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it) of a believer, who after following, with only his original clew given him, a track and progress of his own, so far as to have gained his convictions by reflection, rather than by much study, has in the end found himself in the highway where others are, and where he believes established truth to be. In such light, as to its substance, is the present Work to be regarded. The Author entered upon it, in chief part, for this very reason, that he was able to write while his thoughts were fresh; and while the result of them might both be proposed to judgment, and judged of, independently, without protection or favour. He does not speak thus boastfully; but in humility, and fairness. Should the matter of his Lectures be considered unprofitable, it is his desire that they should perish at once in their own obscurity. On the other hand, if it should be esteemed differently, the greater correspondence with confirmed opinions which can then be pointed out in them will be the greater testimony in their favour. Being conscious that he is no wilful plagiarist, the writer himself is unambitious of any other

praise, than that of a sincere advocate of what is holy, and just, and good. He is, indeed, rejoiced to acknowledge obligation to some very near and dear friends, for assistances in his Work, of many kinds : but he knows of none, on account of which any apology is due from him to the general reader.

In deference to the kind and disinterested counsel of some friends in the University, whose judgment he esteems most highly, he has omitted some passages of considerable length, which were delivered from the pulpit; and thrown others into the form of " notes," which may be either read, or passed over, without much interruption to the general subject. A very few passages have been inserted here, which were omitted in delivery on account of time; but scarcely a word has been added to the manuscript from which the Lectures were preached. Such verbal and other corrections also have been made, as might prevent the charge of wilful carelessness. With these exceptions, the Lectures now presented come forth as they were spoken.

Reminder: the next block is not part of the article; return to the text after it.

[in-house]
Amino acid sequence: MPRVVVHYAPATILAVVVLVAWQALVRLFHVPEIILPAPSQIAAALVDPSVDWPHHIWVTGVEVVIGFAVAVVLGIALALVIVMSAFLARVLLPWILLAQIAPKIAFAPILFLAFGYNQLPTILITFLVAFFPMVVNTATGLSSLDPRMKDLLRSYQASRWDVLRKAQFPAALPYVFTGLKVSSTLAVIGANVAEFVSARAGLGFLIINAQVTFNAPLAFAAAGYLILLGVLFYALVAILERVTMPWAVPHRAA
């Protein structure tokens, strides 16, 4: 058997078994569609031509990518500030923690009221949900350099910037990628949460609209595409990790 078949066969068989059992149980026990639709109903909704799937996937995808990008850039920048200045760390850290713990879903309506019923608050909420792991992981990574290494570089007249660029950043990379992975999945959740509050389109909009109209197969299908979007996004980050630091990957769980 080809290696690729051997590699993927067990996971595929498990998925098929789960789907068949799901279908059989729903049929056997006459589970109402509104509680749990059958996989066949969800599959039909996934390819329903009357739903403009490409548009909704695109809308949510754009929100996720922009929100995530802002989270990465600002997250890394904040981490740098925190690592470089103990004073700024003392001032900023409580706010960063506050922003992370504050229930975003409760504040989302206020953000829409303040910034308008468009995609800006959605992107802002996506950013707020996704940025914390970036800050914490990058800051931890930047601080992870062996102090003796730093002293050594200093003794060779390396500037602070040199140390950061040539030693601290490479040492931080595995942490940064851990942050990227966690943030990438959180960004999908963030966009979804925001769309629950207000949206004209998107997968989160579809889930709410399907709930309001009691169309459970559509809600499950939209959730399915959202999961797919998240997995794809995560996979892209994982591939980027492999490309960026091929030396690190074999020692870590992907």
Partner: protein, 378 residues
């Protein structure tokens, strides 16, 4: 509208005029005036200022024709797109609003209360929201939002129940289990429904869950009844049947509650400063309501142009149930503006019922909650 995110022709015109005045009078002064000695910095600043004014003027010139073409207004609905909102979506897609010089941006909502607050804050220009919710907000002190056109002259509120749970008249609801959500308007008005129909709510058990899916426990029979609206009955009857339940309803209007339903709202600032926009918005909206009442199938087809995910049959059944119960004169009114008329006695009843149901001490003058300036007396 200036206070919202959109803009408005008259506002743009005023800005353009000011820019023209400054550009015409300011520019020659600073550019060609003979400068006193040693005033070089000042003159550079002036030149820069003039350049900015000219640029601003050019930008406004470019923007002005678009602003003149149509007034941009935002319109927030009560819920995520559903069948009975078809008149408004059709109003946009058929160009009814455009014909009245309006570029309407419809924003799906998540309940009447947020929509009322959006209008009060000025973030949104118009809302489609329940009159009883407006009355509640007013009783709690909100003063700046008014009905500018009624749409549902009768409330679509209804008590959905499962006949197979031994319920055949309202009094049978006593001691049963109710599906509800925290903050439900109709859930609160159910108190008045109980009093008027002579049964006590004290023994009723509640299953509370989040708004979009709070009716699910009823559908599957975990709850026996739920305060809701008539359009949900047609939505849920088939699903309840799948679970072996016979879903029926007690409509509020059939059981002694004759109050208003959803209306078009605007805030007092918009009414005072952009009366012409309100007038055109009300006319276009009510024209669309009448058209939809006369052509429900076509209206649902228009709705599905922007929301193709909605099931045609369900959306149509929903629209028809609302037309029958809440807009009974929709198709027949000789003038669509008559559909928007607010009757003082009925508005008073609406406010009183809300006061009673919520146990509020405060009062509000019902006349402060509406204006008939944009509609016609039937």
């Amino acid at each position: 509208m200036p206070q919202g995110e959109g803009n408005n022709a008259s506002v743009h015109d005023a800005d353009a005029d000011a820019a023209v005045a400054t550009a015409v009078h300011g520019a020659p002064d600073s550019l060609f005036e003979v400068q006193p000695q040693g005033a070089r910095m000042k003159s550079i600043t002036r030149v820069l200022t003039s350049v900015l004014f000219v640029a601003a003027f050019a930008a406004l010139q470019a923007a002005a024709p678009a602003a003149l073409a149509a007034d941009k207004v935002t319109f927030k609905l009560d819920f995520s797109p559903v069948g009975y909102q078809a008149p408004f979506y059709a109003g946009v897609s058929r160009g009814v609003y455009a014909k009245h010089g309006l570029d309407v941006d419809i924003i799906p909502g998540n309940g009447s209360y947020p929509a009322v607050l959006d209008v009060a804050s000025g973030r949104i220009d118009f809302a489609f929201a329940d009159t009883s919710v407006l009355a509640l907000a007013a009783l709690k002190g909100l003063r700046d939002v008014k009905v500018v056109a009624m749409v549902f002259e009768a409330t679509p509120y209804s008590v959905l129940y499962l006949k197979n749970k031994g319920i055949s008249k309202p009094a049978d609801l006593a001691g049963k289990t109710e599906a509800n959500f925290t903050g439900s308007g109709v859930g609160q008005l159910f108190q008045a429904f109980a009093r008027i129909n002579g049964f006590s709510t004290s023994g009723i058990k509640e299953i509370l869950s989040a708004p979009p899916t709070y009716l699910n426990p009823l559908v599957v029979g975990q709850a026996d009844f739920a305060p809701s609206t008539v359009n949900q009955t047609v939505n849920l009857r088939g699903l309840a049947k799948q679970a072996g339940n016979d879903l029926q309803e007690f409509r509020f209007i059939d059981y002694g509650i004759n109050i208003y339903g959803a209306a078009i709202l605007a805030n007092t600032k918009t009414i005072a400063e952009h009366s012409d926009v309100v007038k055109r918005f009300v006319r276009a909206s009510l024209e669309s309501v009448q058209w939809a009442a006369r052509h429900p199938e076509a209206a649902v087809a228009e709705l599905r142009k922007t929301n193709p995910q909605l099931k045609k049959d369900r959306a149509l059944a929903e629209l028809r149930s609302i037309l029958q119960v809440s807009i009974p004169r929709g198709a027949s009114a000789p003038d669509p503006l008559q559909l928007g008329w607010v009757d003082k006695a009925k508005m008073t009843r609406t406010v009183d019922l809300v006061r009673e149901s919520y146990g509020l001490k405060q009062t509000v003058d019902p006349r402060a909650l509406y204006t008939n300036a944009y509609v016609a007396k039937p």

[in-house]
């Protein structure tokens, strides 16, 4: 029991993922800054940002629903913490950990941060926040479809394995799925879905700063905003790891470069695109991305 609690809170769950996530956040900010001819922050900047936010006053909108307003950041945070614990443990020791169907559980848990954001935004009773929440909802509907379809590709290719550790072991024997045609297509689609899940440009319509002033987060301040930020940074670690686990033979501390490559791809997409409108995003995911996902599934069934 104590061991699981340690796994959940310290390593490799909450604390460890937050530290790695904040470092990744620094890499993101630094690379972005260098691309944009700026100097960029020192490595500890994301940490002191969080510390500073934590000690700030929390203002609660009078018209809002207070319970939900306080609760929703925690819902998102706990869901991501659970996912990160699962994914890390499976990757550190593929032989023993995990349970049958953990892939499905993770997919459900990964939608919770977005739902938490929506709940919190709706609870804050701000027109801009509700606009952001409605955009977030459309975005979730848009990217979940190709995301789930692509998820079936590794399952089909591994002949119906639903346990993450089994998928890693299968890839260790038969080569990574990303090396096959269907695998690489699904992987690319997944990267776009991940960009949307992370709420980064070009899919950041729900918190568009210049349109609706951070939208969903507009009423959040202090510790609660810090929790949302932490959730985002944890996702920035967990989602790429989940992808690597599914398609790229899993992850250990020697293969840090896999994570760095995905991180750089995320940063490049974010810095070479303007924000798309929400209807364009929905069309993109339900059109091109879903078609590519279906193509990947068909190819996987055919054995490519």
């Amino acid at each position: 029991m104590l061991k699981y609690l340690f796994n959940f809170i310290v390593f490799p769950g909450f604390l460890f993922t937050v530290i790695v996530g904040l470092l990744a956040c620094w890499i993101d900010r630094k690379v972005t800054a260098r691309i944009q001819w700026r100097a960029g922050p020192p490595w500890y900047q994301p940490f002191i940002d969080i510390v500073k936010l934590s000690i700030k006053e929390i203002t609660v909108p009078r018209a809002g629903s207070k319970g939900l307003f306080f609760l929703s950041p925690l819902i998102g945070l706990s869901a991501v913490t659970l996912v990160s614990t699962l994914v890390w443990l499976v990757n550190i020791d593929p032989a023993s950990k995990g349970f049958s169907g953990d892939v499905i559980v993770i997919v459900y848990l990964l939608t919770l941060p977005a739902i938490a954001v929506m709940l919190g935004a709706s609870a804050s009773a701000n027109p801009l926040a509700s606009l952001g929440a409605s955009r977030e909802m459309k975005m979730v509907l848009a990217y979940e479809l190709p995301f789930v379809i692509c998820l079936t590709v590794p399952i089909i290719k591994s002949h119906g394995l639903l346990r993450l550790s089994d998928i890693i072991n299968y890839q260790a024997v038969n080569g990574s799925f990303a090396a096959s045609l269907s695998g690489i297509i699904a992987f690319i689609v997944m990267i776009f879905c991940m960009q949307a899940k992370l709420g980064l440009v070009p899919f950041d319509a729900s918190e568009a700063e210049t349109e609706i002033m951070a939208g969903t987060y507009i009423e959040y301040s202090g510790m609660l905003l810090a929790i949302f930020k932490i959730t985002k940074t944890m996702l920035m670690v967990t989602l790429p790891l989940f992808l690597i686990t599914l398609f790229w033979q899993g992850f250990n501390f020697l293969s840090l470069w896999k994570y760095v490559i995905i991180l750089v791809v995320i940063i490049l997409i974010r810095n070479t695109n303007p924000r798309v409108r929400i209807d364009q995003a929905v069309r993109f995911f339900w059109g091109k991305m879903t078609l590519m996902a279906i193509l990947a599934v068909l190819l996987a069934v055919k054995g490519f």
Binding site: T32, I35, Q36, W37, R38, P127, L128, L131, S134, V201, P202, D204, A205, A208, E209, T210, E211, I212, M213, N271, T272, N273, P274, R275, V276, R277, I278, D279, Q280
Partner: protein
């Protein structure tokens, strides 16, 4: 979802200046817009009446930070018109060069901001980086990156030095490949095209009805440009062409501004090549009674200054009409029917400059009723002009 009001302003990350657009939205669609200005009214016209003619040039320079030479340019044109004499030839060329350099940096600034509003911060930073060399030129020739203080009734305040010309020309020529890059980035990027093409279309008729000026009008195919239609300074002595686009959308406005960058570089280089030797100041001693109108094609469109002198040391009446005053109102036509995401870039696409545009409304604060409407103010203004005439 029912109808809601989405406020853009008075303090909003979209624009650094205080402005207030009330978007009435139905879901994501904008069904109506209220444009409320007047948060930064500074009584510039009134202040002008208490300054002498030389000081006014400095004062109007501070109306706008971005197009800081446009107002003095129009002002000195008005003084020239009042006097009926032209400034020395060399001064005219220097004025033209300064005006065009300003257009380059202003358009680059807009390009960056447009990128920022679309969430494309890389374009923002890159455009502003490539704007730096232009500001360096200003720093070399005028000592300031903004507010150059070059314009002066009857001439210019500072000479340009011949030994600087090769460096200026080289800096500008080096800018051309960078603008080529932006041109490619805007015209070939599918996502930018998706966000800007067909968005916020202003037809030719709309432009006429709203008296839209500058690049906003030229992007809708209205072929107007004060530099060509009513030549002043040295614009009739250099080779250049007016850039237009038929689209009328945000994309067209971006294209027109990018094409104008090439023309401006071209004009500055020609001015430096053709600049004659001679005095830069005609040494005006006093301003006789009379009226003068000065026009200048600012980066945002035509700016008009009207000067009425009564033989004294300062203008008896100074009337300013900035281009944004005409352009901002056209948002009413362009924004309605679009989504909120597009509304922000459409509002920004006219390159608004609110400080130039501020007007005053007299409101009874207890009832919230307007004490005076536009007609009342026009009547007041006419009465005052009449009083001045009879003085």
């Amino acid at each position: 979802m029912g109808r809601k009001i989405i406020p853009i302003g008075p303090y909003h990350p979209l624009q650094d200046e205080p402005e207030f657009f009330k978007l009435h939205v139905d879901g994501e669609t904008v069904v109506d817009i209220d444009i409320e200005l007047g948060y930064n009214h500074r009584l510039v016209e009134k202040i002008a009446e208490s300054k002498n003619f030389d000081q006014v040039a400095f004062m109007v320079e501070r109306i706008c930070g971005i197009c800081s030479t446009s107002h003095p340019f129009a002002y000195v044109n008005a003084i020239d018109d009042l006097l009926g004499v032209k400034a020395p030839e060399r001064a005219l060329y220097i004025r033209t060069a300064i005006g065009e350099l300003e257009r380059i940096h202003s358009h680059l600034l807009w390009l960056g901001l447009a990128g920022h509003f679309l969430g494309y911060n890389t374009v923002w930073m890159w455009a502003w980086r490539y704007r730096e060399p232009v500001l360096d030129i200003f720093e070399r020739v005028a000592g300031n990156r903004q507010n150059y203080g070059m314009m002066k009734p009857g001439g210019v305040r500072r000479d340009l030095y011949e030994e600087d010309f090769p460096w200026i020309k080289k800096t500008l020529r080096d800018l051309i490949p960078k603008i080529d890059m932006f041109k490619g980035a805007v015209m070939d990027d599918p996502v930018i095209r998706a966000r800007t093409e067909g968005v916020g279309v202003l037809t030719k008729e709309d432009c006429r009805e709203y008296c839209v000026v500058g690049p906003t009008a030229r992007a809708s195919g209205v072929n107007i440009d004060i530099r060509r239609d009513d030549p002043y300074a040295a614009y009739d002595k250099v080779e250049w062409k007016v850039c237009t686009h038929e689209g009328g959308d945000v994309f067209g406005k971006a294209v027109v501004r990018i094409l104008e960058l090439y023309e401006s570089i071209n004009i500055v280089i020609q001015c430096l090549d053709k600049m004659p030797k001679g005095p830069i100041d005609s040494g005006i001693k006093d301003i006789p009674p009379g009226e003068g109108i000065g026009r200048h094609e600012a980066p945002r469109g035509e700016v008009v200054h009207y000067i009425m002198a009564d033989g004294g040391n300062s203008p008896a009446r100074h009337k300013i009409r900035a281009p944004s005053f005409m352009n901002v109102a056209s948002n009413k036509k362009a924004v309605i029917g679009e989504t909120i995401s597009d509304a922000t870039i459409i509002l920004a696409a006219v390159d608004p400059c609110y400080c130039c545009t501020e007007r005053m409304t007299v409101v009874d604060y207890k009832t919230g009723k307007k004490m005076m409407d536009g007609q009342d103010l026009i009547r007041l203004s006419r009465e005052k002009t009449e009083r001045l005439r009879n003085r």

The Author only desires to express farther, his grateful sense of that good opinion of his intentions, which procured him his appointment; and of all personal kindness experienced by him during the discharge of his office.

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"I give and bequeath my Lands and Estates "to the Chancellor, Masters, and Scholars of the "University of Oxford for ever, to have and to hold "all and singular the said Lands or Estates upon


trust, and to the intents and purposes hereinafter "mentioned; that is to say, I will and appoint that "the Vice-Chancellor of the University of Oxford for "the time being shall take and receive all the rents, "issues, and profits thereof, and (after all taxes, repa"rations, and necessary deductions made) that he pay "all the remainder to the endowment of eight Divinity "Lecture Sermons, to be established for ever in the "said University, and to be performed in the manner "following:

"I direct and appoint, that, upon the first Tuesday "in Easter Term, a Lecturer be yearly chosen by the "Heads of Colleges only, and by no others, in the

room adjoining to the Printing-House, between the "hours of ten in the morning and two in the afternoon,


to preach eight Divinity Lecture Sermons, the year

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